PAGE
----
• Ripple (XRP) has granted SEC access to Binance documents

  • Ripple’s lawsuit against the US Securities and Exchange Commission (SEC) included one of the largest crypto exchanges in the case discovery, as the court granted Brad Garlinghouse’s motion to obtain Binance documents from the Cayman Islands.

    Garlinghouse’s motion was filed as part of the SEC’s ongoing court case, which claims that Ripple’s sale of XRP was unregistered security offering worth more than $1.38 billion.

    A judge grants Binance’s request for documents.

    According to the SEC’s amended complaint, Ripple CEO Garlinghouse sold more than 357 million units of XRP to “public investors in the market,” with offers and sales made on “global” digital asset trading platforms as XRP was sold to investors “all over the world,” in violation of Section 5 of the Securities Act of 1933.

    Garlinghouse’s Counsel filed a motion for international discovery earlier this week, requesting Binance’s Cayman Island documents.

    “Mr. Garlinghouse seeks foreign discovery on the basis of his good faith belief that the listed entity possesses unique documents and information concerning this case, and specifically concerning the process by which transactions in XRP were allegedly conducted by Mr. Garlinghouse on foreign digital asset trading platforms,” according to the memorandum filed in support of Garlinghouse’s motu proprio.

    According to the memorandum, the Securities Act only applies to domestic sales and offers, implying that the SEC can only prosecute services in the US, despite the fact that the majority of “overwhelming” XRP sales were conducted abroad.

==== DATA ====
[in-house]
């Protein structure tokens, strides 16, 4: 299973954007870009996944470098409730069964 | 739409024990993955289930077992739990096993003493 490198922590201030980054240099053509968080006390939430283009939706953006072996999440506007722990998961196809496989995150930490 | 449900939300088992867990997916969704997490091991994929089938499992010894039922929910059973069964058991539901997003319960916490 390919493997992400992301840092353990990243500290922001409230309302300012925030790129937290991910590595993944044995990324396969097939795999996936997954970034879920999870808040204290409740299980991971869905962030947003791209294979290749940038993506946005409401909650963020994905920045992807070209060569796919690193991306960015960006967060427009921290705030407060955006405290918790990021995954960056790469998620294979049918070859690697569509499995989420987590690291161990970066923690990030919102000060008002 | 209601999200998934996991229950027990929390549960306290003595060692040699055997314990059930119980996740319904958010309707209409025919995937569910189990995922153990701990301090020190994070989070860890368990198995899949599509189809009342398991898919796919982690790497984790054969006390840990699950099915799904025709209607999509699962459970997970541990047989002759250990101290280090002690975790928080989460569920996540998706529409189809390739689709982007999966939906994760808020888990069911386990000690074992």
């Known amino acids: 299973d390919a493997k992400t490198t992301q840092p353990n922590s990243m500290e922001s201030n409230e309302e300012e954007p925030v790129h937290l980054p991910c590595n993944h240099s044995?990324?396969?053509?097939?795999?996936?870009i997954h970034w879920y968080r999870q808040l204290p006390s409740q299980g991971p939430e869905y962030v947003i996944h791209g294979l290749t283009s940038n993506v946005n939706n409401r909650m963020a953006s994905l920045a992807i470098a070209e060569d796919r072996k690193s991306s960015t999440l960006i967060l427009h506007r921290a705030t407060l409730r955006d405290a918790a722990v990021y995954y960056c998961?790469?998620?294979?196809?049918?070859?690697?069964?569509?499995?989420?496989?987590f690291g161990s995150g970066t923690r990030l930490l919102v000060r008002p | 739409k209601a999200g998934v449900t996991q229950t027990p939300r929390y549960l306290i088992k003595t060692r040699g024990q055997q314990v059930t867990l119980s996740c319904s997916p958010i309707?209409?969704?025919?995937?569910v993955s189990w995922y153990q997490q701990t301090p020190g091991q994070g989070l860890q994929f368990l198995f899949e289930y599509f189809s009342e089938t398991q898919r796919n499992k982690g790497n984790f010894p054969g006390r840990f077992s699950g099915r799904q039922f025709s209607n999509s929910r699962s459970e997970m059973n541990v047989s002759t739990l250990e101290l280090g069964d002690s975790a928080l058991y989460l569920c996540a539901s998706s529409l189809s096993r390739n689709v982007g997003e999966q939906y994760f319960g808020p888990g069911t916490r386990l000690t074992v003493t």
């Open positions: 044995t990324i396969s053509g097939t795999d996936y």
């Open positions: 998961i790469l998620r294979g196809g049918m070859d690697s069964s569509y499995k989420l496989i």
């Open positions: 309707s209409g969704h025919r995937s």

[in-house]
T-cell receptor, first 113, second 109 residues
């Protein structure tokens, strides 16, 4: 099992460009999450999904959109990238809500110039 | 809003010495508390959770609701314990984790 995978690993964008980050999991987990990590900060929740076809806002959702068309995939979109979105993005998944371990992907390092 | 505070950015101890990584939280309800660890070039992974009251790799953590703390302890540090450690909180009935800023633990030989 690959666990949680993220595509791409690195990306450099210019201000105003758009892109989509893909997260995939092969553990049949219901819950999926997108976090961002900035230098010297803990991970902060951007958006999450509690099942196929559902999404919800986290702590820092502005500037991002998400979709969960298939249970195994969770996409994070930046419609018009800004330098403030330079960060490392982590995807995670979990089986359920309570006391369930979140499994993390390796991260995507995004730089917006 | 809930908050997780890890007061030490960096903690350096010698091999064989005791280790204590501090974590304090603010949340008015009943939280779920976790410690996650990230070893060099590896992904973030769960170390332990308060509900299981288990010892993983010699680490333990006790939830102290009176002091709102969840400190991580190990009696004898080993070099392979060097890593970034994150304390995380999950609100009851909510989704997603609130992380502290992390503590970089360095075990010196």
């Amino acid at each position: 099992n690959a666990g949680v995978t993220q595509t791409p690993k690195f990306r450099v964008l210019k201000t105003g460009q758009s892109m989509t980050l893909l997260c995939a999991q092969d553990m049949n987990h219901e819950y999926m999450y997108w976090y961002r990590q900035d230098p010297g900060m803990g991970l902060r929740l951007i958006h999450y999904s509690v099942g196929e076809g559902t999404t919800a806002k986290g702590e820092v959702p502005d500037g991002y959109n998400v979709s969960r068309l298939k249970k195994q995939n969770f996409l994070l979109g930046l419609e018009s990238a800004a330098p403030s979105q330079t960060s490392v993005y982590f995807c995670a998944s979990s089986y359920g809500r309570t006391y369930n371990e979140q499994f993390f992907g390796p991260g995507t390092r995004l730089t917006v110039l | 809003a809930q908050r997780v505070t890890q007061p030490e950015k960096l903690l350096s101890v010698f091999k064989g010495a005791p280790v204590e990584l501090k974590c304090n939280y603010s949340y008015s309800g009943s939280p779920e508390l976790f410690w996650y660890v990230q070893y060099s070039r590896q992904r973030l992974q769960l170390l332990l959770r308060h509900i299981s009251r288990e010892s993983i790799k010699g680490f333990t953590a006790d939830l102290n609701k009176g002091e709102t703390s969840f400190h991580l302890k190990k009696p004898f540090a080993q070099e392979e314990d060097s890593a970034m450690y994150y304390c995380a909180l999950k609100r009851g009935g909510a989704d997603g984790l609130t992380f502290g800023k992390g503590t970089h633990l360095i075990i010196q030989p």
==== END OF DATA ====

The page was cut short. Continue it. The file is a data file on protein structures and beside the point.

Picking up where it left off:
“The Supreme Court has ruled that Section 5 of the Securities Act of 1933, which the SEC claims Mr. Garlinghouse violated, applies only to domestic securities sales and offers.”

    According to defense attorney James K. Filan, the court granted the Garlinghouse’s Motion to Obtain International Discovery.

    The SEC’s claims are doomed.

    International discovery can serve as evidence to invalidate the SEC’s claims under Section 5 of the Securities Act of 1933, potentially leading to the defendants winning their motion to dismiss.

    “In the case of transactions conducted on such foreign trading platforms, both the offers and sales of XRP occurred on the respective platforms’ books and records, and thus geographically outside the United States. For the reasons stated in Mr. Garlinghouse’s Motion to Dismiss, the SEC’s failure to allege domestic offers and sales should be fatal to its claims,” read the memorandum filed in support of the motion.

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